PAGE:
Homebrew DC: Classic American Pilsner

Photo courtesy of Tony DeFilippo
courtesy of Tony DeFilippo

My homebrewing club  at Kena Shriners was asked to make a batch of beer for another club, and was given little direction on what type of homebrew recipe I should use. We did a little reconnaissance work and learned that this other club loves light lagers such as Bud Light, so I decided to make something similar enough that they would be familiar with it, but also different enough that it would be a bit more interesting than their usual brews.

I got this recipe from Brew Your Own, which labeled it “Your Father’s Mustache.” I have adapted the recipe a bit to accommodate for my timeframe and equipment. Specifically, I am using an ale yeast because I need the beer to be done and in a keg in a little more than a month. Making a true pilsner takes a bit longer than an ale because it requires a lager yeast, which ferments slowly, and at a low temperature.

I will be serving this beer on Monday at a Memorial Day cookout. If you go to the Falls Church Memorial Day Parade and see those guys in the little cars, they are the ones who requested this special brew. They will have it after the parade, mind you, so go enjoy all your fine fezzed friends driving their precision patterns.

Specialty Grains: 1 lb 9 oz 6-row malt 6.5 oz flaked maize (you call it corn)

Malt Base: 3 lb 11 oz. light dried malt extract

Other Ingredients:

  • 15 oz corn sugar
  • 1.0 oz Cluster hops – 60 min
  • 1.0 oz Styrian Goldings hops – 15 min
  • Wyeast 1272 American Ale II or White Labs WLP023 Burton Ale Yeast

Recipe: Steep the specialty grain in 155-degree water for 60 minutes. Remove the grains, add the male extract and corn sugar, and bring the wort to a boil. Add water to reach 3.5 gallons. Add the hops at the specified schedule. Cool to room temperature, add the yeast, and let it bubble away. If doing a single-stage fermentation, bottle it after 10-14 days. If doing two-stage fermentation, let it bubble in the primary for two weeks and then in a secondary fermenter for two weeks, and then bottle or keg.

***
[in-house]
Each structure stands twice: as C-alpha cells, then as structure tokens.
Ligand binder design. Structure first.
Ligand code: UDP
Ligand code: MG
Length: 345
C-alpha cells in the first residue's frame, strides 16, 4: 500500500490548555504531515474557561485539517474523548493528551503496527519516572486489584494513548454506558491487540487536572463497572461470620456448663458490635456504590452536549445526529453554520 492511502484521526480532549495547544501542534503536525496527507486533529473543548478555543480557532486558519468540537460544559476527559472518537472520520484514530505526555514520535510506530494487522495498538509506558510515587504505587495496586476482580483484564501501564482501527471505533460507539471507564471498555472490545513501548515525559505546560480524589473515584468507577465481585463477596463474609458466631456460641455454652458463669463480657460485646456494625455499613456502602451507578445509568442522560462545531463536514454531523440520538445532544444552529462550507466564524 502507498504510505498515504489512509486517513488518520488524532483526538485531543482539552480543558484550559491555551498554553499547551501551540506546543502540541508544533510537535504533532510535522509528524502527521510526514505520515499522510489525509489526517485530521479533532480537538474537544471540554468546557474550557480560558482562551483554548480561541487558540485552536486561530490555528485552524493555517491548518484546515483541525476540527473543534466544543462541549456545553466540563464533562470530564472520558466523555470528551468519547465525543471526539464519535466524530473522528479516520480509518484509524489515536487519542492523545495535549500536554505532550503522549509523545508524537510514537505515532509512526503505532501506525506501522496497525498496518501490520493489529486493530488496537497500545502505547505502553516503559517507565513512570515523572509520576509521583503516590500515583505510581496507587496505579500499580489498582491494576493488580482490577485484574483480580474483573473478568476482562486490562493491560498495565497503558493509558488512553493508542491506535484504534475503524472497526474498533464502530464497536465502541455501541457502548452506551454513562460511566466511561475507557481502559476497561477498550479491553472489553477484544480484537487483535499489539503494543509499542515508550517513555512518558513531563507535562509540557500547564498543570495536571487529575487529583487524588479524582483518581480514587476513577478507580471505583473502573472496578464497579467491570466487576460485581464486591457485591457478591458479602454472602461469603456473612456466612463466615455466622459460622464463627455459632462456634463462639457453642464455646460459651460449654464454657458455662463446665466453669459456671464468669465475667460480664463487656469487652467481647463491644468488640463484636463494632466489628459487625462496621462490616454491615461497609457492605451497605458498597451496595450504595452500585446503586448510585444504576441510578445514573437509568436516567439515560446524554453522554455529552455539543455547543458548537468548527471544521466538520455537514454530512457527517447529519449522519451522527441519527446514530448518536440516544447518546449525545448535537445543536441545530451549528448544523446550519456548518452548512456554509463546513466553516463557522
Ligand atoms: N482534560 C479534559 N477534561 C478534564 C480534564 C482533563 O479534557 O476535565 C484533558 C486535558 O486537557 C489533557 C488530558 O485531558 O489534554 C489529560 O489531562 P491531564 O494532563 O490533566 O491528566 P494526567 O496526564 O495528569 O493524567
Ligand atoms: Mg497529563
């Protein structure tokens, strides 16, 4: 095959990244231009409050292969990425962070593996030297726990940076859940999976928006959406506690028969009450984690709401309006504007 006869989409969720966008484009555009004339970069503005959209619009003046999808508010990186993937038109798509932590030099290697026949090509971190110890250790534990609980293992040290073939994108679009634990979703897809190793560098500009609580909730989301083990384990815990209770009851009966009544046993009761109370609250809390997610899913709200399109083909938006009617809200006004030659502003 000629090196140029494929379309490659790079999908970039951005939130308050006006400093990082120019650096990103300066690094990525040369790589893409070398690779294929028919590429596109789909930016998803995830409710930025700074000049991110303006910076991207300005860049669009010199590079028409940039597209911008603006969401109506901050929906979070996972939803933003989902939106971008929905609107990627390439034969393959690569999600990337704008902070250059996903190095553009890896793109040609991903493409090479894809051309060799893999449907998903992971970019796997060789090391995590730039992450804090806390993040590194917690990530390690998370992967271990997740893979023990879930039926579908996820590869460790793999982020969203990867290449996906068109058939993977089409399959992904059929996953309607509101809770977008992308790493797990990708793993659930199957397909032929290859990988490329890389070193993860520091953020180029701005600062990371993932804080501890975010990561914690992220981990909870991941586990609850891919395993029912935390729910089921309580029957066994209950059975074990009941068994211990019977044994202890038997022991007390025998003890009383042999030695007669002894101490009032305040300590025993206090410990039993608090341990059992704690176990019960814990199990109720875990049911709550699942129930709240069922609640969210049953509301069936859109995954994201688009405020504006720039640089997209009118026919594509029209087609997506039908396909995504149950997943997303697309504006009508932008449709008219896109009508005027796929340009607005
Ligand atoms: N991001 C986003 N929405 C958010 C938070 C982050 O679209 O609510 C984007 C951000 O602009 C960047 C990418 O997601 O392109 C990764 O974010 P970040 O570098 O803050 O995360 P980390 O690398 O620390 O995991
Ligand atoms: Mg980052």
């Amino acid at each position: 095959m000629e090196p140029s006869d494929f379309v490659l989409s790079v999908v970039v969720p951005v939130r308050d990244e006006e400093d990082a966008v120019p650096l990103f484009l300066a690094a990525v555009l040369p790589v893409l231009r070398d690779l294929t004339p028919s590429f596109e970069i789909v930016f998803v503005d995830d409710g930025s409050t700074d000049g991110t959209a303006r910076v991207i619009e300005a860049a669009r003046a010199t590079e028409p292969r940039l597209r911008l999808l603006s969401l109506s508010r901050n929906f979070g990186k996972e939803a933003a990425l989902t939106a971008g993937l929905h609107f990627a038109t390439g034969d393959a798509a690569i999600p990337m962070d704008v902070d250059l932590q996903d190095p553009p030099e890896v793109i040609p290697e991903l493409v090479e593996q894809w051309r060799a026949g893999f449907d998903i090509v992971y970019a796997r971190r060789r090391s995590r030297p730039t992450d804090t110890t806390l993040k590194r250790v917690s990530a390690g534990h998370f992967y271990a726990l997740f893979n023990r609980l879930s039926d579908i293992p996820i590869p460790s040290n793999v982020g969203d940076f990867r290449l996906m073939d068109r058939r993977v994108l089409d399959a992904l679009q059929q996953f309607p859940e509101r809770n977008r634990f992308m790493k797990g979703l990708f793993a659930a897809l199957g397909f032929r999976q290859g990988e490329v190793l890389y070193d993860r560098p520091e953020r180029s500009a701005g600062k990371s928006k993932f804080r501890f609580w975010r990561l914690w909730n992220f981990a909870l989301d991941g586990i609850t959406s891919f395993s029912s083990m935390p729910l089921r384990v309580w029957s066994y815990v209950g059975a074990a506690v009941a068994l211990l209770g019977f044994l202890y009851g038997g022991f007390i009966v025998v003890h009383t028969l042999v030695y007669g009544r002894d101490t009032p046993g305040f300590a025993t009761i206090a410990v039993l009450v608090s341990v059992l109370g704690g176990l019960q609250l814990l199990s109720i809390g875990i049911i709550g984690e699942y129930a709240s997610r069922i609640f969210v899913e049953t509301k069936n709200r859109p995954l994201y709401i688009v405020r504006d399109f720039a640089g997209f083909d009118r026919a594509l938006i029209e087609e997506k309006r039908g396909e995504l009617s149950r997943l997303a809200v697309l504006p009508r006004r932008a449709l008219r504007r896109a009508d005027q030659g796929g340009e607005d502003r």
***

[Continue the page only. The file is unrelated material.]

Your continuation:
The original recipe also had an all-grain version, using 9.0 pounds of 6-row pale malt and 2.25 pounds of brewer’s grits instead of the extract fermentables. Someday, when I have more time, I mean to make this all-grain homebrew recipe. If making this as a real pilsner, use White Labs WLP833 or Wyeast 2487 yeast and lager according to the yeast’s specifications.

This post first appeared at RealHomebrew.com.

Carl Weaver is a writer and brewer for RealHomebrew.com and has been making beer and wine for more than 20 years. He is also an avid photographer and writer and just finished his first book, about a trip he took to Thailand to live in Buddhist monasteries. He considers himself the last of the Renaissance men and the luckiest darned guy in the world. Follow him on Twitter.

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